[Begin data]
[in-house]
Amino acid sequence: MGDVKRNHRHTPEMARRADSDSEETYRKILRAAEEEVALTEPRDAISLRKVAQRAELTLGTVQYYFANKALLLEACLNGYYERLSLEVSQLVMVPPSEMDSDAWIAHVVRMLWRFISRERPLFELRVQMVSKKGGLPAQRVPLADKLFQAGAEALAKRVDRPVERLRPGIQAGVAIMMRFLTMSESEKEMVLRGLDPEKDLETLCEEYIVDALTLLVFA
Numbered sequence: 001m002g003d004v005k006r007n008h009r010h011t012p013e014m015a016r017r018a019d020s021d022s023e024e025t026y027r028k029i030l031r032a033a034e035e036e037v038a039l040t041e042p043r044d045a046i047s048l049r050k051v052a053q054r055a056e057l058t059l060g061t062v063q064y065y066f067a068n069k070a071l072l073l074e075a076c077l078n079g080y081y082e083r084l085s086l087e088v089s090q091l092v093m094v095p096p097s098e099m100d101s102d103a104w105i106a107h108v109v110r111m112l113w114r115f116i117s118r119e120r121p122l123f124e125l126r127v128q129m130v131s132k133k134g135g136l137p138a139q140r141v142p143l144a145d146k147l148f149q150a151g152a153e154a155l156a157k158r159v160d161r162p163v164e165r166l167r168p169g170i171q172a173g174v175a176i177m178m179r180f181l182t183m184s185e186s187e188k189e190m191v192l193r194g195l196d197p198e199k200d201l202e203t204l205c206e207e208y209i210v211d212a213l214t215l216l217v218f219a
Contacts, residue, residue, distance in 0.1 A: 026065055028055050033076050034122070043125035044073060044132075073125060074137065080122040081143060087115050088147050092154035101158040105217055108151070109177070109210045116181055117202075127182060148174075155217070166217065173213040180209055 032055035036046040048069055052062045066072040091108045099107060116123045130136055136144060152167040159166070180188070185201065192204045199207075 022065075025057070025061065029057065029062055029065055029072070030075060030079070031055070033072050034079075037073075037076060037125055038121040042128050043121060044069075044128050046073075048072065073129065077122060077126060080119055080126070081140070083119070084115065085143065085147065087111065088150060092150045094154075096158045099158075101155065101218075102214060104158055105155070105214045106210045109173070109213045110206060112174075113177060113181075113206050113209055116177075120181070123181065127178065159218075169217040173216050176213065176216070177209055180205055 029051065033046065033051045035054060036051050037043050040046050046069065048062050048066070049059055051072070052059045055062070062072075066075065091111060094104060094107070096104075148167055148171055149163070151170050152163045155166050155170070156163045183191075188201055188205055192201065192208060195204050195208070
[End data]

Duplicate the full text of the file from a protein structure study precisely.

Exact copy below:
[in-house]
Amino acid sequence: MGDVKRNHRHTPEMARRADSDSEETYRKILRAAEEEVALTEPRDAISLRKVAQRAELTLGTVQYYFANKALLLEACLNGYYERLSLEVSQLVMVPPSEMDSDAWIAHVVRMLWRFISRERPLFELRVQMVSKKGGLPAQRVPLADKLFQAGAEALAKRVDRPVERLRPGIQAGVAIMMRFLTMSESEKEMVLRGLDPEKDLETLCEEYIVDALTLLVFA
Numbered sequence: 001m002g003d004v005k006r007n008h009r010h011t012p013e014m015a016r017r018a019d020s021d022s023e024e025t026y027r028k029i030l031r032a033a034e035e036e037v038a039l040t041e042p043r044d045a046i047s048l049r050k051v052a053q054r055a056e057l058t059l060g061t062v063q064y065y066f067a068n069k070a071l072l073l074e075a076c077l078n079g080y081y082e083r084l085s086l087e088v089s090q091l092v093m094v095p096p097s098e099m100d101s102d103a104w105i106a107h108v109v110r111m112l113w114r115f116i117s118r119e120r121p122l123f124e125l126r127v128q129m130v131s132k133k134g135g136l137p138a139q140r141v142p143l144a145d146k147l148f149q150a151g152a153e154a155l156a157k158r159v160d161r162p163v164e165r166l167r168p169g170i171q172a173g174v175a176i177m178m179r180f181l182t183m184s185e186s187e188k189e190m191v192l193r194g195l196d197p198e199k200d201l202e203t204l205c206e207e208y209i210v211d212a213l214t215l216l217v218f219a
Contacts, residue, residue, distance in 0.1 A: 026065055028055050033076050034122070043125035044073060044132075073125060074137065080122040081143060087115050088147050092154035101158040105217055108151070109177070109210045116181055117202075127182060148174075155217070166217065173213040180209055 032055035036046040048069055052062045066072040091108045099107060116123045130136055136144060152167040159166070180188070185201065192204045199207075 022065075025057070025061065029057065029062055029065055029072070030075060030079070031055070033072050034079075037073075037076060037125055038121040042128050043121060044069075044128050046073075048072065073129065077122060077126060080119055080126070081140070083119070084115065085143065085147065087111065088150060092150045094154075096158045099158075101155065101218075102214060104158055105155070105214045106210045109173070109213045110206060112174075113177060113181075113206050113209055116177075120181070123181065127178065159218075169217040173216050176213065176216070177209055180205055 029051065033046065033051045035054060036051050037043050040046050046069065048062050048066070049059055051072070052059045055062070062072075066075065091111060094104060094107070096104075148167055148171055149163070151170050152163045155166050155170070156163045183191075188201055188205055192201065192208060195204050195208070